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Stewart: 'I'm going to work from home tomorrow, unless anyone has any objections.'
Joanna: 'We'll miss you.'
On the way home from hearing Javier talking about people's need to flock from time to time, which he related to the tensions that can build in the course of one family Christmas dinner, never mind over six months in a cockpit, I was reading Arie de Geus's The Living Company. I'vealready quoted him talking about flocking as a prerequisite of organisational learning. In the same chapter he quotes Allan Wilson's suggestion that accelerated evolution takes place intragenerationally in certain species when three characteristics are present:
Allan Wilson - in the article linked to above - neatly explains the whole blue tit/milk bottle thing if you've ever wondered.
Arie then makes two key assertions. The first is that, 'no one can "command" a bird to flock in a certain direction, because the travel pattern of the flock emerges from its own movement.' We all know that choreographing directional flocking in geese or fish is hard. But the idea that the next movement emerges from the current one is less obvious. In an innovation team, as in all things, it may be helpful to start from movement rather than from stasis.
The second is that 'human organisations have resources for evolution'. No quibbling with that. But he expands on this by saying, 'surely, corporate life is not a Greek tragedy in which the outcome is hardwired into the characters by the Olympian gods, and the play can climax only in its inevitable tragic ending'.
To take his second assertion first, I'm not so sure. The error, fatal flaw or hamartia, that leads Oedipus unwittingly but unerringly to the awful climax of killing his father and marrying his mother, is still used in contemporary psychotherapy when talking about the scripts that people act out in their lives. Sometimes it really does seem that an individual is hell-bent on his own destruction or on making the same mistakes again and again in different relationships. Often we can link this determination to explicit or unacknowledged beliefs that the individual holds about himself. I see no reason not to extend this analysis to organisations, where a group of individuals can hold equally strong beliefs and assumptions about the organisation, its worth, its direction and its likely end. When organisation culture experts talk about culture as 'the way we do things around here', they refer to a whole range of values and beliefs that inform every aspect of an organisation's operation and can define, unless they are openly challenged, how that organisation will end its days.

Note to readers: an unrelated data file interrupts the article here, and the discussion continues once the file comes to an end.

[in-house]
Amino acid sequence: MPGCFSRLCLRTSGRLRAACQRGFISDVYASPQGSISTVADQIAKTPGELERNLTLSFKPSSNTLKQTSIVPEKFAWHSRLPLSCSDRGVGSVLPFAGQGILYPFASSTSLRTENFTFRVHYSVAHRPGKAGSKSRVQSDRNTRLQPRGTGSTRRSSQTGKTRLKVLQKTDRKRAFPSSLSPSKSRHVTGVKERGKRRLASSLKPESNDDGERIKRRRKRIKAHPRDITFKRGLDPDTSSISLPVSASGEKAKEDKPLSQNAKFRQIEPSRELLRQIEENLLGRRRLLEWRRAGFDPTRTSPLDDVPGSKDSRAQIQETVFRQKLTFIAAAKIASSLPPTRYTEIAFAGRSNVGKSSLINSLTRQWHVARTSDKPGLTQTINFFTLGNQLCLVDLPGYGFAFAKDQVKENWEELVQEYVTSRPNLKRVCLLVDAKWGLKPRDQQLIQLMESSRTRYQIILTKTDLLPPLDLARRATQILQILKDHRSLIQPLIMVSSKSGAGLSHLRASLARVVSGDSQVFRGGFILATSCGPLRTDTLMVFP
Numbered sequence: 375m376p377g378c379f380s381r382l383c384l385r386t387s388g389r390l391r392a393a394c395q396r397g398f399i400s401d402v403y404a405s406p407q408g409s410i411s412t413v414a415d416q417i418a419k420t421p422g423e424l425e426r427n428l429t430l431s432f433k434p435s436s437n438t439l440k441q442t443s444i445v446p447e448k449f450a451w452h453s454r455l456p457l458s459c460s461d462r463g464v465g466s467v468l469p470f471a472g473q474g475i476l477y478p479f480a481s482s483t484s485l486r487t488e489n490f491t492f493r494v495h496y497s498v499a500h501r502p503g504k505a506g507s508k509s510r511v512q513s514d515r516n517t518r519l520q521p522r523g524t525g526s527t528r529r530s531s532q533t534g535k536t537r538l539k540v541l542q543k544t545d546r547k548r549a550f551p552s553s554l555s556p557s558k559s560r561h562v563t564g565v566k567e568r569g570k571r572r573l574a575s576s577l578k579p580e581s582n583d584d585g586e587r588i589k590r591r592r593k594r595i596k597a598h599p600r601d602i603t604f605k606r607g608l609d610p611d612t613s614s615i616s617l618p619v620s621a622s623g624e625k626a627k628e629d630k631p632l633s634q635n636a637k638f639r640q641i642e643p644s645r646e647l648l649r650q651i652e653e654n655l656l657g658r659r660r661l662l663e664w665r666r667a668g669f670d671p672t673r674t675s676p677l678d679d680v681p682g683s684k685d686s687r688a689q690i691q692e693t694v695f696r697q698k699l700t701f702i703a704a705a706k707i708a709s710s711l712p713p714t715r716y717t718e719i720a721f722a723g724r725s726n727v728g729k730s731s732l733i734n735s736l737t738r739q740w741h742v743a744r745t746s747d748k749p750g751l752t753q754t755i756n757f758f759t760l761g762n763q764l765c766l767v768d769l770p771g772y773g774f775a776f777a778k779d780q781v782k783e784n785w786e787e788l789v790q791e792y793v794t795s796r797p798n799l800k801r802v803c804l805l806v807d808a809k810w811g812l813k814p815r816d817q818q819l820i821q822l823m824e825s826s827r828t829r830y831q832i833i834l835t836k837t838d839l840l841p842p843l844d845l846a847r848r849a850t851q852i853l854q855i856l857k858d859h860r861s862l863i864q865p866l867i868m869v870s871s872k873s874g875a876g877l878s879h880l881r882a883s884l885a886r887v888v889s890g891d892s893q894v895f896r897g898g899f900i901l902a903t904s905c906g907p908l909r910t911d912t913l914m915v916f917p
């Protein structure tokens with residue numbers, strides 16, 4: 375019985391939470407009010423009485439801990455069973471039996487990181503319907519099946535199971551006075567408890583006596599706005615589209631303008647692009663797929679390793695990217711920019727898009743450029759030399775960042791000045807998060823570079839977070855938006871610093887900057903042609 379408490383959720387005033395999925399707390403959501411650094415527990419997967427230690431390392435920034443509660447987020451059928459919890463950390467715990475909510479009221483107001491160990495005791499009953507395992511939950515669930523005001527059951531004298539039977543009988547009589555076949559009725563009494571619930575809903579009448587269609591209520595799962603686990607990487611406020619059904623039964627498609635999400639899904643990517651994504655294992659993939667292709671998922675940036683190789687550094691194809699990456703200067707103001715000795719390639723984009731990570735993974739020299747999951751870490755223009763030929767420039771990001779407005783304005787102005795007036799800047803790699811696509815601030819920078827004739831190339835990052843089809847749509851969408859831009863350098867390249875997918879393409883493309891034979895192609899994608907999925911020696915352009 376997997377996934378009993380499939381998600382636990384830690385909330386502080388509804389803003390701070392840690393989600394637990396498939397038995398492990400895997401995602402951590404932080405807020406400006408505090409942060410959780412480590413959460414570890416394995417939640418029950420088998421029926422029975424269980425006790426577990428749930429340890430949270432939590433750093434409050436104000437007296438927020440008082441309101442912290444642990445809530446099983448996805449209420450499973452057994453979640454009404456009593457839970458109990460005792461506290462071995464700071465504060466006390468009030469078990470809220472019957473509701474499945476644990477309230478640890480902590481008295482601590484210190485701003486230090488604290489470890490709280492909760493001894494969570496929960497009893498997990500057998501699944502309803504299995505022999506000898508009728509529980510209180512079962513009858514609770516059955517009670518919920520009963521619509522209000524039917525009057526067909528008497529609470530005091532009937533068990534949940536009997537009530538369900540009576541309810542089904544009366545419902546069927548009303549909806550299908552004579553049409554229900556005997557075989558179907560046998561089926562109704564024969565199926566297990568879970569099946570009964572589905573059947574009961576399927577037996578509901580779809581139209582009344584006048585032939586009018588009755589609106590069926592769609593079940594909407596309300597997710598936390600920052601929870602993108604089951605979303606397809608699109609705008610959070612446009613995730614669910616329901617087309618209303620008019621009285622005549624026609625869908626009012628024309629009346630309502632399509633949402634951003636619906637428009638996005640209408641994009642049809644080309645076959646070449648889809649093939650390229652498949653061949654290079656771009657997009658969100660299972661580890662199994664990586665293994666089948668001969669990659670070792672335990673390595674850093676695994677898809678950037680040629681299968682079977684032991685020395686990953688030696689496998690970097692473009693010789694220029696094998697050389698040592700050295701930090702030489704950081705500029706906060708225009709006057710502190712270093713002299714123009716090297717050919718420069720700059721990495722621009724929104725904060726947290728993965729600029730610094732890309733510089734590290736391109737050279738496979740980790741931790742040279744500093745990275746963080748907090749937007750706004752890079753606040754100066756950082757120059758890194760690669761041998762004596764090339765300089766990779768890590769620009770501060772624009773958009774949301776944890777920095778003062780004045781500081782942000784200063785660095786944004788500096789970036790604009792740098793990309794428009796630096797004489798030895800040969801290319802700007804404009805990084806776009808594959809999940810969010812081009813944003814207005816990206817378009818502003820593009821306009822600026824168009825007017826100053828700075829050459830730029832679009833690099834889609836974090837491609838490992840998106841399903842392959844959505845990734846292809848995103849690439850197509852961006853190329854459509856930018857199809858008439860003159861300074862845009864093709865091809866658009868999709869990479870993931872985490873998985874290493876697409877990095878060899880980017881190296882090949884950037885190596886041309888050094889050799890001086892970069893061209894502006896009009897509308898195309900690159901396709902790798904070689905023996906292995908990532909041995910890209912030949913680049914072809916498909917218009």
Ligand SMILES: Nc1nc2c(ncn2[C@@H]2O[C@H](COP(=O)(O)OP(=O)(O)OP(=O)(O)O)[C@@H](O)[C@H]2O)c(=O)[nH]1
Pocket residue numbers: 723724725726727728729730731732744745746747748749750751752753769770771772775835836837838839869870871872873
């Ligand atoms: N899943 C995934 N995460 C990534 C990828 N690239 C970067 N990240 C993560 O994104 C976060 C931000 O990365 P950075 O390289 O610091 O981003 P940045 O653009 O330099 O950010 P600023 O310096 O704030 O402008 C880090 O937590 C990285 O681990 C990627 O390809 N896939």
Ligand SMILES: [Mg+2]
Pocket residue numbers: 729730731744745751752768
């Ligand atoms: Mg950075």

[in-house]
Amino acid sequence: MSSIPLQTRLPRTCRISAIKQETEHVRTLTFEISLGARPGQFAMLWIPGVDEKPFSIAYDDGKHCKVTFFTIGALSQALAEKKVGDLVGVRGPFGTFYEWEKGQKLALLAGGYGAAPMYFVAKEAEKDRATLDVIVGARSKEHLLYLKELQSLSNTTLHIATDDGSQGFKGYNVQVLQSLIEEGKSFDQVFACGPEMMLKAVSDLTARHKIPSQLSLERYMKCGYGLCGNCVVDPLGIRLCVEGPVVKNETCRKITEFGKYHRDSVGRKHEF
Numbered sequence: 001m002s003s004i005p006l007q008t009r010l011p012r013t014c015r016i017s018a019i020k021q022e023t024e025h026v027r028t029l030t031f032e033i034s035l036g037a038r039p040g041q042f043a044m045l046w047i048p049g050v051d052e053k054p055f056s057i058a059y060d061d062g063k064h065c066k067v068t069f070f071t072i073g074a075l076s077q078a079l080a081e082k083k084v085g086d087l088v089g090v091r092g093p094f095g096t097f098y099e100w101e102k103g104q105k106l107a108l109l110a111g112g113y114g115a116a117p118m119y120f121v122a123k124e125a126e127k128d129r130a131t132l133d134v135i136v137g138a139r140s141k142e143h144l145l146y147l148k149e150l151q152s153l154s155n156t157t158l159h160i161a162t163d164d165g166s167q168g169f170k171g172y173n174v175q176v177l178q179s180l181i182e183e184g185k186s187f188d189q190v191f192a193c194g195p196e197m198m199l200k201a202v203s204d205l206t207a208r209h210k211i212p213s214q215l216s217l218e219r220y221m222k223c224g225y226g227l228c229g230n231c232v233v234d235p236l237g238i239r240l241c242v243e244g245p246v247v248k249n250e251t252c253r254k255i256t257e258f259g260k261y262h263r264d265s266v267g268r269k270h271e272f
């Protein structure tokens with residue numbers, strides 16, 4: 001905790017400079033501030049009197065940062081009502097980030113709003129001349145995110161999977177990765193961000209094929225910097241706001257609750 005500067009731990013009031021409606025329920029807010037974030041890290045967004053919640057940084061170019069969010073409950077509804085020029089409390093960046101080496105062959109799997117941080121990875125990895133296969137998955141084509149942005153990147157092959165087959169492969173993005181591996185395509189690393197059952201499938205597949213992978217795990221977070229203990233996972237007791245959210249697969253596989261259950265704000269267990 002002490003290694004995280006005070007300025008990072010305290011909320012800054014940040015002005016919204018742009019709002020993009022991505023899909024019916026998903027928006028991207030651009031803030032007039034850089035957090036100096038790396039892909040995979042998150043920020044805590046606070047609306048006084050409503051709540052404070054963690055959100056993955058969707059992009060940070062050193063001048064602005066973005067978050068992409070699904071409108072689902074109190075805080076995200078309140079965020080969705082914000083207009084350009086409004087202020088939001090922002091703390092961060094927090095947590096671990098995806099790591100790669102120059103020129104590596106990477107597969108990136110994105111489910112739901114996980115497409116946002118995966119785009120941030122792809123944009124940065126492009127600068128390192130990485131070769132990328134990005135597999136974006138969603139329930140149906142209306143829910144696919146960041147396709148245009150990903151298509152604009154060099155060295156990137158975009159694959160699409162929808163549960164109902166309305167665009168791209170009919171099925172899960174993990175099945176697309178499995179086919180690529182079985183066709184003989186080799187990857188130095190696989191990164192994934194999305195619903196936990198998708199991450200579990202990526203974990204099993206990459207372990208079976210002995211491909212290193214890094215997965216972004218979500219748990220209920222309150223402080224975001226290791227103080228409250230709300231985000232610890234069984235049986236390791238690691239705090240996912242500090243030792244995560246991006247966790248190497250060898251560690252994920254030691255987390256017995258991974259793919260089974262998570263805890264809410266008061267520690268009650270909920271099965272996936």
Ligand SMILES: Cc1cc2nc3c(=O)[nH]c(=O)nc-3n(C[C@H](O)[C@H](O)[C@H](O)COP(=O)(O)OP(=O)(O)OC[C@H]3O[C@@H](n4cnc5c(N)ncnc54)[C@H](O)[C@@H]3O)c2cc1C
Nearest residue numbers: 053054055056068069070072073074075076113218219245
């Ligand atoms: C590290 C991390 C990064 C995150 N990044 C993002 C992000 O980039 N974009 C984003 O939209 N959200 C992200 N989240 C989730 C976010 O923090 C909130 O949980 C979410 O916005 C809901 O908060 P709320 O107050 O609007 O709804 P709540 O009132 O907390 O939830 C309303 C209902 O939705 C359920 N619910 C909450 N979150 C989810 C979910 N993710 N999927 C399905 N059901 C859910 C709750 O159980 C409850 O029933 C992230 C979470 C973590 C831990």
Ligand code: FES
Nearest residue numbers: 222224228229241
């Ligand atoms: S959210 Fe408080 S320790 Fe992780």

But to return to Arie's first assertion about directional flocking, I learnt that Craig Reynolds was working two decades ago on replicating flocking behaviour with computer modelling. In thinking about the steering behaviours of a boid (a computer simulation of a single flocking creature) he concluded that three factors are at play:
Furthermore, I found that Bryan Coffman has written about the application of some of these principles to the organisation. Talking about Knowledge Nodes or Knodes, he suggests some rules that each Knode follows in a web or flock of Knodes:
Now there's an interesting prescription for an innovation team. Again, the rules can apply to the way team members work together and to the way the team as a whole relates to the organisation it works for and to the outside world.
Milk bottle: Mykl Roventine
Blue tit: Lawrie Phipps